Stylists enlisted to spot skin cancer lurking under heads of hair

Posted July 31, 2013, at 9:13 a.m.

PARIS — Like many in her generation and before, Karin Dumas spent hours outside basking in the sun, slathered in baby oil.

“I’m from San Diego,” Dumas said. “I spent my whole life on the beach. I never used sunscreen.”

The 43-year-old Paris resident has paid the price.

Earlier this year, Dumas’ hairstylist, Michelle Campbell, owner of Hair Plus Salon in Norway, noticed a bump on Dumas’ scalp had grown larger and had begun to bleed. Campbell suggested Dumas have a doctor look at it. The bump tested positive for basal cell carcinoma: cancer.

“I had it for about five years and didn’t know what it was,” Dumas said. “Out of sight, out of mind.”

She went to her doctor who sent her to a dermatologist to have the spot biopsied. Two days later the doctor’s office called Dumas to tell her the cancer had to be surgically removed.

The quarter-size spot left a small hole in her head that took weeks to heal, but the surgery removed all traces of cancer.

Chuck Martin, a freshman science teacher at Oxford Hills Comprehensive High School, is convinced that hairstylists such as Campbell are key to detecting suspicious skin conditions, particularly those hidden under a head of hair.

“(Dumas) is healthy today as a result of a terrific medical staff, but also a stylist and friend who suggested that she seek medical intervention that could have possibly been a lifesaver for Karin,” Martin said.

He has dedicated a $4,000 Faculty Aspirations Grant he received from the Oxford Hills School District to present a free skin cancer awareness program for hair stylists in the Oxford Hills community.

“I believe that this profession has the biggest impact in skin cancer detection in the Oxford Hills area as your jobs involve direct observation of the scalp where many skin cancers go undetected by individuals,” Martin wrote in a statement about the program that is set for Aug. 12.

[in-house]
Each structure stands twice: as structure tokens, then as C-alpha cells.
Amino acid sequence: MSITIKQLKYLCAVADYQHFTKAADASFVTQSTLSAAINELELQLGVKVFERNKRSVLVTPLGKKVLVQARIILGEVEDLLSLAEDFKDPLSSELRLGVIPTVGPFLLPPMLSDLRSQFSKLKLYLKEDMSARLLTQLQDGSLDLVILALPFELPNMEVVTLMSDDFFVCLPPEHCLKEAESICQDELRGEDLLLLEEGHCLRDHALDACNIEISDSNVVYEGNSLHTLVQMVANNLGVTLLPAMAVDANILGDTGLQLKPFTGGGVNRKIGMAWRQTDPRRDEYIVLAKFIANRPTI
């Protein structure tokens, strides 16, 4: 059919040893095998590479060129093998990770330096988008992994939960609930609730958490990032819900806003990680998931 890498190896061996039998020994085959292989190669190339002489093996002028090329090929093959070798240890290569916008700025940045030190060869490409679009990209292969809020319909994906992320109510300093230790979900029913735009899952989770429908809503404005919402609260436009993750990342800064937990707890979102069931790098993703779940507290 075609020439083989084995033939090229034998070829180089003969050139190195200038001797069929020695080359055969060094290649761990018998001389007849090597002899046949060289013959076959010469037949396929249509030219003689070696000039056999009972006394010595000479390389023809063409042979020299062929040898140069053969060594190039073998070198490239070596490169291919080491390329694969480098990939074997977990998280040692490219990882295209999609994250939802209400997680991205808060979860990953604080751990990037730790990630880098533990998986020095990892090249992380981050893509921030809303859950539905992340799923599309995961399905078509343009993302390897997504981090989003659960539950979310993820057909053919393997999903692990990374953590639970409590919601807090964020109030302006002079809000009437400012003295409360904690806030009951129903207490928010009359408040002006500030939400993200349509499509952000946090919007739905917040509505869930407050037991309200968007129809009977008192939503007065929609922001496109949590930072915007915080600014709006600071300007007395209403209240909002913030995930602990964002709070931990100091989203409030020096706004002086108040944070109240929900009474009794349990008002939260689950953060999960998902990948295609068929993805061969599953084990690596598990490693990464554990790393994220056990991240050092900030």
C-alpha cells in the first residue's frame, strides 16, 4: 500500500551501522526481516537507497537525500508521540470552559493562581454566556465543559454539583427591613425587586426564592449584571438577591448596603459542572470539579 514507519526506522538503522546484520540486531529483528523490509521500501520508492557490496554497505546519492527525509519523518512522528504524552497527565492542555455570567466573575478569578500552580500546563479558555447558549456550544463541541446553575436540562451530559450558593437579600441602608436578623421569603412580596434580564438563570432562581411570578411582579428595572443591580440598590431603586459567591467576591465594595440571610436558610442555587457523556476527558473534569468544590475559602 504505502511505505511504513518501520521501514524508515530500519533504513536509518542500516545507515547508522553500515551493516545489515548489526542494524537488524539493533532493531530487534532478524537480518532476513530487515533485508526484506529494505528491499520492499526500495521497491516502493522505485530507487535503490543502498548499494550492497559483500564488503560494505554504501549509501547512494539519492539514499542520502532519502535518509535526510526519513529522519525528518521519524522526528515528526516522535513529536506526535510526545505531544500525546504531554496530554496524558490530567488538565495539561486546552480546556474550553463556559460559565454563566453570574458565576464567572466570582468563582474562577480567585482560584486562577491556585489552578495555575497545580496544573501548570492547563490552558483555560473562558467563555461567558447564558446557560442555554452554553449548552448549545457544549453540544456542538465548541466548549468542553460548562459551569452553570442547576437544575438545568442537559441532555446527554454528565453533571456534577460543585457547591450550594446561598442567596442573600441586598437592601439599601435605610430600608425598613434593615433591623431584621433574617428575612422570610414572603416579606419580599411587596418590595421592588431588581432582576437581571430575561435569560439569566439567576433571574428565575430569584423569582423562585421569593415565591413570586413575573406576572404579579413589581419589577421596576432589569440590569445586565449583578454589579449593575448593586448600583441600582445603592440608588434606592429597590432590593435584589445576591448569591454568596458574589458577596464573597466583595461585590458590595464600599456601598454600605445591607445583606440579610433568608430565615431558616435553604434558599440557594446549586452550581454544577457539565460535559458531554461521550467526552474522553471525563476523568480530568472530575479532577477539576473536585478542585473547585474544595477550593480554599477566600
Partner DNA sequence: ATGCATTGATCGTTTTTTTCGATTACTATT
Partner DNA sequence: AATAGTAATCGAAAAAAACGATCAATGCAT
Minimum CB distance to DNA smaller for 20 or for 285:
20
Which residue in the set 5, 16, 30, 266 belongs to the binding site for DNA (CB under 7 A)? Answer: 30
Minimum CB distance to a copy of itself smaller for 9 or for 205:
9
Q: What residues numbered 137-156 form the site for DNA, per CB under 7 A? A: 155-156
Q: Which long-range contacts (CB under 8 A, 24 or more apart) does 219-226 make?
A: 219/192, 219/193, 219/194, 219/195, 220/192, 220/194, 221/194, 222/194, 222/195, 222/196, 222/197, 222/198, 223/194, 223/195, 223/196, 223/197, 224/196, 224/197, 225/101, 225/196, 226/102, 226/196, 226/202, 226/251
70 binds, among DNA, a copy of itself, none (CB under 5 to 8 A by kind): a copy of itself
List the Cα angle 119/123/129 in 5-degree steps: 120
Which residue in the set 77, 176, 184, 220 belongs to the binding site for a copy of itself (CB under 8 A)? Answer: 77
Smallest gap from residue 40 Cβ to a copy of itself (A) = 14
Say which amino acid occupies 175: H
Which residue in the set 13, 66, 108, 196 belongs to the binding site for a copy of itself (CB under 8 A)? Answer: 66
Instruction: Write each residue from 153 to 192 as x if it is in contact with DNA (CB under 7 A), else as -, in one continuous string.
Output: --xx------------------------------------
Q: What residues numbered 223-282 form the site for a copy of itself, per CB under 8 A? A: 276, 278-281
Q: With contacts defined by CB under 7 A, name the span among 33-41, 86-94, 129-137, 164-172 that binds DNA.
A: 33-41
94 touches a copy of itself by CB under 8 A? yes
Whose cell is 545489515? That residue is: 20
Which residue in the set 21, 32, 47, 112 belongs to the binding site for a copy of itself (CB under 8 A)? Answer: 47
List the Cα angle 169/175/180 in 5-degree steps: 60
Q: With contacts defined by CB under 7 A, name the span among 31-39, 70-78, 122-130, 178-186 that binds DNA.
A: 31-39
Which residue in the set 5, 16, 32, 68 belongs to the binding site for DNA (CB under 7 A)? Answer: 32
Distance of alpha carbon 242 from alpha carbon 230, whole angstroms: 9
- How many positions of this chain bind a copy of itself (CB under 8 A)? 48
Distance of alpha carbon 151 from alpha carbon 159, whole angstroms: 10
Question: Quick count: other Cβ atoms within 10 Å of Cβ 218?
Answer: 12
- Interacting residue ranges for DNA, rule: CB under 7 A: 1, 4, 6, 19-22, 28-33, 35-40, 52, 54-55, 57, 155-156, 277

“The impact that you have as a professional on early detection and reporting of suspicious skin spots is huge,” he said.

The two-hour program, called Skinny on Skin, will be presented by the Patrick Dempsey Center for Cancer Hope & Healing from 10:30 a.m. to 1 p.m. at Oxford Hills Comprehensive High School.

The program, which is free to hairstylists, will be led by Dr. Marcia Matuska, a dermatologist in private practice in Lewiston who teaches medical students and is a member of the American Academy of Dermatology.

Martin said his goal is to get 30 or more participants for the Oxford Hills program. Martin is also asking for participants who have stories about identification of skin cancer on clients.

Melanoma is the most common cancer among women ages 25 to 32. As many as 10,000 people per year die from melanoma. According to the Melanoma Foundation of New England, the rates are increasing faster than nearly all other cancers, but it is relatively easy to prevent.

ldixon@sunjournal.com

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